The State hopes to use the money renew the 30-year old water system it currently has.
The Plateau State Government has obtained an N8 billion loan from Zenith Bank as part of efforts to expand water supply in Jos and Bukuru areas of the state.
The State’s Commissioner for Water Resources, Idi Waziri, said this on Tuesday, in Jos, in an interview with the News Agency of Nigeria.
He said the money would be used to to construct additional water reservoirs, overhaul old water pipes, and lay new ones.
“The N8 billion would be used to replace old pipes and to lay new pipes in areas that were not captured in the old Jos master plan,” Mr. Waziri said.
He said that most of the water pipes in Jos and Bukuru were laid in the 1980s, and “at that time, most buildings in the areas and satellite towns were unoccupied.”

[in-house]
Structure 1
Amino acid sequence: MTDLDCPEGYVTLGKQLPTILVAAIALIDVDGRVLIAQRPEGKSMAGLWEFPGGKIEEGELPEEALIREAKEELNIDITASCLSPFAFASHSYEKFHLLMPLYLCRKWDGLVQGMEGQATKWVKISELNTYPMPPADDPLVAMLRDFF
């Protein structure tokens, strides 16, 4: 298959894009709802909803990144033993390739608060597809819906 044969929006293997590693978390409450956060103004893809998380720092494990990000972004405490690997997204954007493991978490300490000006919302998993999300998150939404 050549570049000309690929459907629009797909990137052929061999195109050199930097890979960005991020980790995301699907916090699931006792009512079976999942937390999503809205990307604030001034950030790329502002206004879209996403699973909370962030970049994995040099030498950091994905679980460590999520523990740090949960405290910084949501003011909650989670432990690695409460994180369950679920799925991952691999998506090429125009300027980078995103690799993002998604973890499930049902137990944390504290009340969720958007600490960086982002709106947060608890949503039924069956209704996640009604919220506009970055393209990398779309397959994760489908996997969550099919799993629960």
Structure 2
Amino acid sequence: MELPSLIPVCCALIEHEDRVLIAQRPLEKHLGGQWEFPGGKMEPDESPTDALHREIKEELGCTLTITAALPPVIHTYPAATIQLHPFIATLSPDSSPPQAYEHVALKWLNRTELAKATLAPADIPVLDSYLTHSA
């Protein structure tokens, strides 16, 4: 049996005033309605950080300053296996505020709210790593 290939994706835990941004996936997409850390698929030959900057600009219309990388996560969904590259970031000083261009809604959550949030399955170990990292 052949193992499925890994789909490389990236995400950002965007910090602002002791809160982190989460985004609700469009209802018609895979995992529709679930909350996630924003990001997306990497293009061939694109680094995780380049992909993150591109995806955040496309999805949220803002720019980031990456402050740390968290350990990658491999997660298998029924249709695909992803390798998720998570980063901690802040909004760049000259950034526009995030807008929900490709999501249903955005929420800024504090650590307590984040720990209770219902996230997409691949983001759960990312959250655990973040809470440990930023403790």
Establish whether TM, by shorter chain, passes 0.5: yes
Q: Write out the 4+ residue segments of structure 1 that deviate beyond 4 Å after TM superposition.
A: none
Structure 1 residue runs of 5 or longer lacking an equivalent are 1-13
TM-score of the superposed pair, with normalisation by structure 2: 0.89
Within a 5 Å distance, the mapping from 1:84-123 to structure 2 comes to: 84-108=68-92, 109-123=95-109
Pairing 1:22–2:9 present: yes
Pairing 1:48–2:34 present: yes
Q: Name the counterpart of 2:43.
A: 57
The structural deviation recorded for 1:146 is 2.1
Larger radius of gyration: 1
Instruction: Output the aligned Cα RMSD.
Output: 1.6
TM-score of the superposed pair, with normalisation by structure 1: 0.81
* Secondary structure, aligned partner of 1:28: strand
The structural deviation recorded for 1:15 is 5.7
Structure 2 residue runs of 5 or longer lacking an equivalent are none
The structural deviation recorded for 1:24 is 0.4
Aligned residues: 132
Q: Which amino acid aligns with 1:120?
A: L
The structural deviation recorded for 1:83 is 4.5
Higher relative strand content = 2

He added that the project would be completed before the end of the rainy season (November), to avoid the usual water scarcity that hits the city during the dry season.
The Commissioner, who said the state had initially spent N2.2 billion on water projects, explained that the money was spent on the rehabilitation of three water treatment plants which are expected to pump 140 million litres of water daily. The plants currently pump 30 million litres daily.
The commissioner blamed the current water shortage in some areas in Jos/Bukuru metropolis on low water pressure and inadequate water reservoirs.
“To increase the water storage capacity and pressure, three more water reservoirs will be constructed – one in Bukuru and two in Jos – to ensure that all areas are adequately served,” he said.
He said that the two additional water reservoirs in Jos would serve Eto-Baba, Angwan-Rogo, Angwan –Rimi, Rukuba Road, Bassa and Angwan Rukuba, while the one in Bukuru would serve Bukuru and its environs.
According to him, the state government has also taken steps to ensure that other Local Government Areas enjoy potable water.
“Already, the ministry has sunk 204 hand pump boreholes, and 64 motorised boreholes. This is in addition to hundreds of hand-dug wells across the entire state,” he said